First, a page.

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This article was originally published as the editorial for Issue 3 of Southern Africa Digital Rights, an online publication produced under the project "The African Declaration on Internet Rights and Freedoms: Fostering a human rights-centred approach to privacy, data protection and access to the internet in Southern Africa".

Biometrics involve biological data stored digitally which is unique to individuals. According to the United Nations Children’s Fund (UNICEF), biometric technologies utilise measurable physical traits like fingerprints, facial images, and iris scans to identify or verify a person’s identity.

Various entities, including banks, e-commerce platforms, civic registration authorities handling birth and death records, mobile service providers for SIM card registration, and agencies issuing identity cards and passports, maintain personal information. These platforms are susceptible to potential breaches by malicious actors seeking to exploit vulnerabilities.

This discussion delves into the vulnerabilities of identification cards, e-passports, SIM cards, and financial institutions that collect biometric data in exchange for services. It explores how the increase in biometric datarelated crimes exposes weaknesses in these systems, posing a threat to people’s right to privacy. 

The case of Botswana 

Botswana is reputed to be the first country in the Southern African Development Community (SADC) to successfully introduce identification cards with the Automated Fingerprint Identification System (AFIS) and according to the United Nations Conference on Trade and Development (UNCTAD) sponsored National ICT Policy Review and E-commerce Strategy for Botswana (2021), “is in the process of upgrading this system to into a single, multi-biometric and multiple-use new-generation platform.” [1]

Although the initiation of National Identification cards, locally recognised as Omang (‘who are you?’), dates back to 1988, Botswana only ratified the Data Protection law in 2018. This legislative stride was designed to regulate the collection of personal data, ensuring monitoring and governance over its acquisition and storage by both public and private entities (Data Protection Act, 2018). This legal framework aimed to assuage concerns regarding potential misuse of personal information in the era of biometrics, a landscape previously devoid of regulatory oversight. [2]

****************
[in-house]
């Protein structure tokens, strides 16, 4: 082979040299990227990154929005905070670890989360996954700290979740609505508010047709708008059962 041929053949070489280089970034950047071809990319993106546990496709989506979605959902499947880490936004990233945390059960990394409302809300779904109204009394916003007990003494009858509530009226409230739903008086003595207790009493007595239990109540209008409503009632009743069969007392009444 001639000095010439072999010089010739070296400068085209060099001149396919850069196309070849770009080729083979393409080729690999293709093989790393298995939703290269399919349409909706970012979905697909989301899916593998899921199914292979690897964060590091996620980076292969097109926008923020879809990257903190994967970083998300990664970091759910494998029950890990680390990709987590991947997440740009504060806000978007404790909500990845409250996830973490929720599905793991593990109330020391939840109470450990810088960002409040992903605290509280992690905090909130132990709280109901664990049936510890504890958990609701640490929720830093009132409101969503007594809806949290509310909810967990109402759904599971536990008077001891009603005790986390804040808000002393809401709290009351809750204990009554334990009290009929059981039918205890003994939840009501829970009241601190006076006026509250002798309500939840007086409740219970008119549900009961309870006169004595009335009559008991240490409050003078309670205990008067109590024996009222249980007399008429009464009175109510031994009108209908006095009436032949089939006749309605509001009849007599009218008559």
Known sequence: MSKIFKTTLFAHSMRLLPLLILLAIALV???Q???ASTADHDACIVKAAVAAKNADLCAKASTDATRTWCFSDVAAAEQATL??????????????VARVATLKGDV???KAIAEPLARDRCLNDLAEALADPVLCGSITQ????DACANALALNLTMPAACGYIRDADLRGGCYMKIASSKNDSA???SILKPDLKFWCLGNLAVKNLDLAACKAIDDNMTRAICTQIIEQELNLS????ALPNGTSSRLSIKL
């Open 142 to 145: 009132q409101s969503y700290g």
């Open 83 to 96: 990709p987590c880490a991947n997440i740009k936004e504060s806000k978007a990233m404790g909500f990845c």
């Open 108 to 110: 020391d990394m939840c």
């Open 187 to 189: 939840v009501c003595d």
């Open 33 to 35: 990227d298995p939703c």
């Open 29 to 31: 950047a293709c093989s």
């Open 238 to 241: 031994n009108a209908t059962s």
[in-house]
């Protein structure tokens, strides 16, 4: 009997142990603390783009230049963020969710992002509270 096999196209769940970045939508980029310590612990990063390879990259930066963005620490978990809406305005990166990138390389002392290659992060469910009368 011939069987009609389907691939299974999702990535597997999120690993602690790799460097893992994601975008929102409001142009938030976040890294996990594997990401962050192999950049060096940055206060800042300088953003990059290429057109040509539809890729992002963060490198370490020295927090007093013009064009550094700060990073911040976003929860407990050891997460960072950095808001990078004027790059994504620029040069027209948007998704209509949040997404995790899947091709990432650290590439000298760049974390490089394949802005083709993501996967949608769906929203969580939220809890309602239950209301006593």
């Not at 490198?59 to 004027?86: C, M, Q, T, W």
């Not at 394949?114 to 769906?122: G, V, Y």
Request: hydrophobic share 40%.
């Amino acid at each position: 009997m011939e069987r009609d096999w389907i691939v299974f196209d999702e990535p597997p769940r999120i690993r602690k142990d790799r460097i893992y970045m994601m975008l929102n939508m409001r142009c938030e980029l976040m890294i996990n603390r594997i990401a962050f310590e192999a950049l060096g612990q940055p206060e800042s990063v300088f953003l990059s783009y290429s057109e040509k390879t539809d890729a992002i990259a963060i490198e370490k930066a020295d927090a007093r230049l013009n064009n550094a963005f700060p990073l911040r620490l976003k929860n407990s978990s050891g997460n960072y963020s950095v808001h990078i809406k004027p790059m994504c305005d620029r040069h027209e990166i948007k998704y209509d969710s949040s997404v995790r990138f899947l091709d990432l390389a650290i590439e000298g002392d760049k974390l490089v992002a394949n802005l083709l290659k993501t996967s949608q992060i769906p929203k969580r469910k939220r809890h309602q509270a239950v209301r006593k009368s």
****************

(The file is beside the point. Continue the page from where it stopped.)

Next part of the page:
The Legislative Framework Change Report (2004), arising from a benchmarking exercise to formulate Botswana’s ICT policy, forewarned of the requisite measures for safeguarding personal data, particularly in light of burgeoning digital biometric technologies. [3]

Discussions pertaining to identity theft and the impetus behind the Data Protection Act had been underway.

Salient Biometric Advancements

There are key biometric developments that have taken place over time which form a picture of the country’s status on the matter.

Identification Cards 

The crux of Botswana’s biometric progression hinges on the Automated Fingerprint Identification System (AFIS), inaugurated in 1988 to preclude duplications.

These ID cards incorporate dual-layered security protocols, enabling visual and machine-based readability. [4] Mandated for citizens aged 16 and above, these cards ensure a direct linkage between birth and death registrations (ID4D, 2018).

Omang functions as an elemental document for services necessitating biometric identification. On registration, individuals furnish personal details encompassing name, age, date and place of birth, eye colour, height, and a portrait image captured by the issuing department. All these are visible on the card upon production while some of the information is machine readable. [5]

Sim Card Registration

In 2009, the government of Botswana introduced registration of mobile phones’ sim-cards. The Executive Director of the then Botswana Telecommunication Authority (BTA), Thari Pheko was quoted as saying the initiative was meant to fight crime and that it was ‘international best practice’. [6]

Since then, when installing a new sim card, registration is required, where upon personal data is provided. At the time the initiative was introduced, the media cried foul, insisting the system was open to abuse as the media has, as some of its stakeholders, undisclosed sources.

The Media Institute of Southern Africa (MISA) was fearful that media sources would be targeted for personal and political reasons ( Also of interest is the requirement to repeat this biometric information whenever a service is required from mobile operators.

This means the information is available to all and any customer service personnel handling calls at any given time.


Botswana introduced the e-passport in 2010 and this was regarded as a move to curb forgery and other related misdemeanours. [7]

Just like the ID cards, e-passports require retention of biometric information in digital systems, leaving the data subjects with no control over the safety of such information. It is, however, notable that the passports are said to be installed with an Extended Access Point (EAC) in their security chip, which is expected to mitigate illicit access. [8]

Human Rights Considerations

All the projects identified run short of strict assurance to respect or adhere to human rights. The service users are often not given an option or explanation but are expected to just give away their personal data. The human rights approach in the collection of biometric data is lacking.

The whole PANEL concept is breached as there is no participation, accountability, non-discrimination, empowerment and legality in the process. The examples discussed below will demonstrate this observation.